This weekend I went to my first and possibly Britain’s last Fringe Festival. With the independence referendum (or #indyref in the latest of the events to be titled ‘the first ___ on Twitter’) next month and Glasgow’s Commonwealth Games just finishing as the Fringe kicked off, nationalist fervour was all around in Scotland’s most prominent city. Of course a few days after there was the televised between Alistair Darling and Alex Salmond. Continue reading
This article appeared in the Palatinate here.
The Secret Life of Students follows a whole host of reality shows watching teenagers get pissed and get with each other. The twist of this show is that the audience can see what the protagonists are tweeting, texting and putting on Facebook. On the surface this looks rather gimmicky. However, this new tool does serve a purpose. We used to think of social media as separate from ‘real’ life, but now it is hard to see the distinction between our ‘real’ and ‘virtual’ social life, because social media is so integrated into things we do. People use Facebook, Twitter and so to discuss the ‘real’, non-virtual world, yet increasing we also talk about the virtual world in the real world, i.e. “Did you see that photo she uploaded?” “Did you get his snapchat?” This show reflects that. Continue reading
Form is temporary, class is permanent. It’s one of the most popular football clichés, used to distinguish between short-term fluctuations in performance and underlying skill which affects long-term output. It’s a term normally applied to individual players, but it also applies to clubs, especially in cup competitions where dreams are made and destroyed (apologies, clichés are so entrenched in football once you start speaking about the subject it’s hard to avoid them) over 90 minutes.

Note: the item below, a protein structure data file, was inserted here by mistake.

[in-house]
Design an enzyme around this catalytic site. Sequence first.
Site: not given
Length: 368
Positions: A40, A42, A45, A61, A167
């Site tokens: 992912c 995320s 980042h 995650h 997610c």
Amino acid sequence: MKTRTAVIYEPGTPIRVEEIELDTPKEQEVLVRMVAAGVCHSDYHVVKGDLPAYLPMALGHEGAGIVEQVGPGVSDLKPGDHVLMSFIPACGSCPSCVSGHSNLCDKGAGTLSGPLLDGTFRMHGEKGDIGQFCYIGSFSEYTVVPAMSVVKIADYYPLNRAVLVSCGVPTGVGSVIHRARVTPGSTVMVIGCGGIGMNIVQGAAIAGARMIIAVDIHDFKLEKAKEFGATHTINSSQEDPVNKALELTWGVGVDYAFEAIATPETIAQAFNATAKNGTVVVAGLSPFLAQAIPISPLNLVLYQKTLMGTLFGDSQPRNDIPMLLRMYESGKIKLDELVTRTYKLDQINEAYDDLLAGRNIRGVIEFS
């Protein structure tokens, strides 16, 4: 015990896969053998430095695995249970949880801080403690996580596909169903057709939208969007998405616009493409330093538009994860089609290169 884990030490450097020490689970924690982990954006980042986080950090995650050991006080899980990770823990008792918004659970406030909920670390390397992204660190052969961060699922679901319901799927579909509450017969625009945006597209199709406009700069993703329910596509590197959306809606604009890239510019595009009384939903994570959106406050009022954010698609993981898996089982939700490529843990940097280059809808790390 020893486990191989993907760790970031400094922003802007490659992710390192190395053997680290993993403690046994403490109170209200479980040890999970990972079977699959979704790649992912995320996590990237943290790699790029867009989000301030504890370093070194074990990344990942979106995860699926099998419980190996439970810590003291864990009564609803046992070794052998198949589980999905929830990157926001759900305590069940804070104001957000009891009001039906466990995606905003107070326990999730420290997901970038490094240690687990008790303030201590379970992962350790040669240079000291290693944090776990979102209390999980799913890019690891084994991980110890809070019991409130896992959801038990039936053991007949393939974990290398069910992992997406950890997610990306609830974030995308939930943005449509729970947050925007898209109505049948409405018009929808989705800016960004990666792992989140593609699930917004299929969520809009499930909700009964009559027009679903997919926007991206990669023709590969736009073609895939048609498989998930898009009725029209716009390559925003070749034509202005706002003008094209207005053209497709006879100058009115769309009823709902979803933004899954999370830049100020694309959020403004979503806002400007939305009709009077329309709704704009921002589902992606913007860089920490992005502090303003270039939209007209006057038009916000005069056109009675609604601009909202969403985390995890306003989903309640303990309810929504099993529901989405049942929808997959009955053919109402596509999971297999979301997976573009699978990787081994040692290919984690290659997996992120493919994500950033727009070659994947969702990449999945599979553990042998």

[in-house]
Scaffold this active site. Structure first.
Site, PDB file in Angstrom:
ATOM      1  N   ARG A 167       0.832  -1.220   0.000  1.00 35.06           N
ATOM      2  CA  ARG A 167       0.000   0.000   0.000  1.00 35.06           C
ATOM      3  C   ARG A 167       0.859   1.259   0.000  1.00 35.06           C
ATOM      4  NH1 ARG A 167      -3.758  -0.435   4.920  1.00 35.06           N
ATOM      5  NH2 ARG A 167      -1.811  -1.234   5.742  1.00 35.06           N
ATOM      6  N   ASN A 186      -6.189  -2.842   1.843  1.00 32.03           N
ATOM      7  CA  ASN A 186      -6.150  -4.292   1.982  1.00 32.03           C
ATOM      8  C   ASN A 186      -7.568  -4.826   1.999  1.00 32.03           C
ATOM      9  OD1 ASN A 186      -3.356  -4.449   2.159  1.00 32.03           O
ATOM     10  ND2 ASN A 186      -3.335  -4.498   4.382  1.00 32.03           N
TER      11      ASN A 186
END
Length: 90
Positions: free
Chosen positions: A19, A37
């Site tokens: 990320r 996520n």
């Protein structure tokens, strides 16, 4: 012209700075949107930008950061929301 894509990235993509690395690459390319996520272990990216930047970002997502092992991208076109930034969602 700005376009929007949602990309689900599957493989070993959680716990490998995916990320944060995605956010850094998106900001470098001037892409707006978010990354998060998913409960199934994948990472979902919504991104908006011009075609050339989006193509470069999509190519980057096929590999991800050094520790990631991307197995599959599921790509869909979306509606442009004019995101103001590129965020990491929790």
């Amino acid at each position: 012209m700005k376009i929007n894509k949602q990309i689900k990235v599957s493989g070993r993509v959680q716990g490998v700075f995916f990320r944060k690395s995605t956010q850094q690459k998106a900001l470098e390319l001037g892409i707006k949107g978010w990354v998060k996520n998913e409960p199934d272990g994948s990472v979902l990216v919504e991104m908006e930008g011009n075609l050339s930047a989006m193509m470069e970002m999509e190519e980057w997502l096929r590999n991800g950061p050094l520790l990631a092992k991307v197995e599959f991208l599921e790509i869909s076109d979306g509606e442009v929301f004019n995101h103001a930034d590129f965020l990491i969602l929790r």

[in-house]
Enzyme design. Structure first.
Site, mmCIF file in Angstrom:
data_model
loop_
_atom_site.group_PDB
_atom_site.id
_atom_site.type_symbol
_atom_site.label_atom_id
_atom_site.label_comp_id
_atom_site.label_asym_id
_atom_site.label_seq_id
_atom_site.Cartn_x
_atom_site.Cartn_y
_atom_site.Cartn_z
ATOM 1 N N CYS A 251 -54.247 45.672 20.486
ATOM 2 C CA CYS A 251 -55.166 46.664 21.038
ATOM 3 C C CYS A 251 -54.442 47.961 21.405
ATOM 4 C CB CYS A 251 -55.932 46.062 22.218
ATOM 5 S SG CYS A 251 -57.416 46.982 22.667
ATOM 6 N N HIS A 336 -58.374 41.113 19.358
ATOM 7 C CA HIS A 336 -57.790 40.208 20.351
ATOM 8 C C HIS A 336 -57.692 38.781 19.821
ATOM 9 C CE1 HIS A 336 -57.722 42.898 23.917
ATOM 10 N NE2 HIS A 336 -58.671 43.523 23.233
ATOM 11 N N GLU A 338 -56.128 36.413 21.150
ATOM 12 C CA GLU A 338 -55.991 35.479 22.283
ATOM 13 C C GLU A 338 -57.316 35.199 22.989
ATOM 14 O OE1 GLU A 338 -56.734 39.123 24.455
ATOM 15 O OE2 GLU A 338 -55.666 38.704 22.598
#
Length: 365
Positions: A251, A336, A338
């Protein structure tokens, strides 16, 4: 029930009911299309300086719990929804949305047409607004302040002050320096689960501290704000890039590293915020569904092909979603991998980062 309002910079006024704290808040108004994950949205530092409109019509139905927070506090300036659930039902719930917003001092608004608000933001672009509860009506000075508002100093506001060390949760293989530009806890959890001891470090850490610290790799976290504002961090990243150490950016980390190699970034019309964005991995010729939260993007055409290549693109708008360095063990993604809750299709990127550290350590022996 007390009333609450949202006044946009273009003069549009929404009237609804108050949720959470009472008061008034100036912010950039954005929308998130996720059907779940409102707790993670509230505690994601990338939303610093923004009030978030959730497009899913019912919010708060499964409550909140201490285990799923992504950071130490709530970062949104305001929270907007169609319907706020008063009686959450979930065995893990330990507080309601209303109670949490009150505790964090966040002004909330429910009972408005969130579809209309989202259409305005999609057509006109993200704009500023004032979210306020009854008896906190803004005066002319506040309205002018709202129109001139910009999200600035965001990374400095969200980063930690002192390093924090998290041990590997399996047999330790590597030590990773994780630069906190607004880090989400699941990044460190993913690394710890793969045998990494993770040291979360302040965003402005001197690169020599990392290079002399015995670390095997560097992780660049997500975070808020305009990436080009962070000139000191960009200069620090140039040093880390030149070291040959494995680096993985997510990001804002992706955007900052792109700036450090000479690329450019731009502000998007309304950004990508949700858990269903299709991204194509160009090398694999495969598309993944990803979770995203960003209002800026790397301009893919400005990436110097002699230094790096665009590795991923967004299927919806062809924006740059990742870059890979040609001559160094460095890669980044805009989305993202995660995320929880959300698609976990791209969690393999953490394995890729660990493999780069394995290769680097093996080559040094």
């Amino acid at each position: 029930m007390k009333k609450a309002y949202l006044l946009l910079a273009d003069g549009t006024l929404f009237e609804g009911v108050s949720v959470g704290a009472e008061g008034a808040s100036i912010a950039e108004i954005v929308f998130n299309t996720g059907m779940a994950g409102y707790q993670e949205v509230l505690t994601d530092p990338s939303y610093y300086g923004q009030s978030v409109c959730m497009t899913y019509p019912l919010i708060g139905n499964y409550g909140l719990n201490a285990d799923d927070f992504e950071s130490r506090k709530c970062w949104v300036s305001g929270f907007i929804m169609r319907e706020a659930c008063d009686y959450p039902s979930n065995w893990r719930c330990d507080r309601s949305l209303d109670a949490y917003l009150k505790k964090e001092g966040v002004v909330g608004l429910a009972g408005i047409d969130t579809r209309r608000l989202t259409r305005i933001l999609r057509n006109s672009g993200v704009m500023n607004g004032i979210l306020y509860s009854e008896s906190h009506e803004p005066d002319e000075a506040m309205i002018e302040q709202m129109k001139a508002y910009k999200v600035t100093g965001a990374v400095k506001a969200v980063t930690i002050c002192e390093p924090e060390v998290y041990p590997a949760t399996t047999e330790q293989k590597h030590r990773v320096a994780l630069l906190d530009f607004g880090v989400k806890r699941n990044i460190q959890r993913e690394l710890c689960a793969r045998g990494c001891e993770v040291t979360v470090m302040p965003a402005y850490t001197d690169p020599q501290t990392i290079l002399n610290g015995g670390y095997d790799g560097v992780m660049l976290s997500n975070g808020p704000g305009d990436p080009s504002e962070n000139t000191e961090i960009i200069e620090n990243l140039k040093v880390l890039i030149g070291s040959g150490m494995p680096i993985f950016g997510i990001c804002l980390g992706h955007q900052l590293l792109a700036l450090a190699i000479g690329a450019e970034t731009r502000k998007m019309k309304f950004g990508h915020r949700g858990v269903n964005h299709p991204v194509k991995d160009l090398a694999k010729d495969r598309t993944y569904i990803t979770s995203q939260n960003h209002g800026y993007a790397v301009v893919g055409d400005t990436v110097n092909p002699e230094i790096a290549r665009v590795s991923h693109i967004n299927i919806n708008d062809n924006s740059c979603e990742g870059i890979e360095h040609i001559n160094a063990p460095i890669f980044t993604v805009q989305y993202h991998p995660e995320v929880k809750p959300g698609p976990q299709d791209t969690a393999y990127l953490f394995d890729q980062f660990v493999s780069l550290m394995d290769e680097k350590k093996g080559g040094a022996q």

With this in mind, I’d like to propose a way to measure the success of top European teams, based simply upon performance in the Champions League over five year periods (already explained here and here). Here’s how it works: Continue reading
I have explained a simple method of comparing the success of top European teams: points are given to clubs that reach the knock-out stages of the Champions League, with the number of points depending on which round of the Champions League they reach. This can also be applied to leagues to work out which European leagues are the strongest (or at least have the strongest top sides) by adding up the amount of points all the clubs from a particular league get. Continue reading
This year, as normal, the make-up of the Mercury Prize shortlist has been scrutinised and criticised by music fans. The biggest name on the list is undoubtedly the Arctic Monkeys with new album AM, released just two days before the announcement of the shortlist. It’s a strong, coherent new direction for the Sheffield boys. The band won in 2006 with Whatever People Say I Am, That’s What I’m Not and were shortlisted the following year for Favourite Worst Nightmare. Laura Marling is also a Mercury old hand, nominated for the third time this year, and hoping for third time lucky, with Once I Was an Eagle. Continue reading
As yesterday’s parliamentary intrigue developed, I became more and more convinced that the eventual outcome of the vote was the right one. On this issue, the split in not right-left, and not entirely internationalist-isloationalist. I found myself closer, bizarrely, to some of those who favoured military invention to many of those vehemently opposed. Continue reading
This article was published on Shifting Grounds here
The other day French Minister for Culture, Aurélie Filippetti, faced embarrassment after a misspelt tweet on her official account. A corrected tweet was posted and Filippetti blamed an aide. Fairly unremarkable news: evidence perhaps of the silly season in France. Except in France language is a sensitive topic and Filippetti’s position means she is in charge of language policy. Her mistake is symbolic of perceived wider threats to le français. Continue reading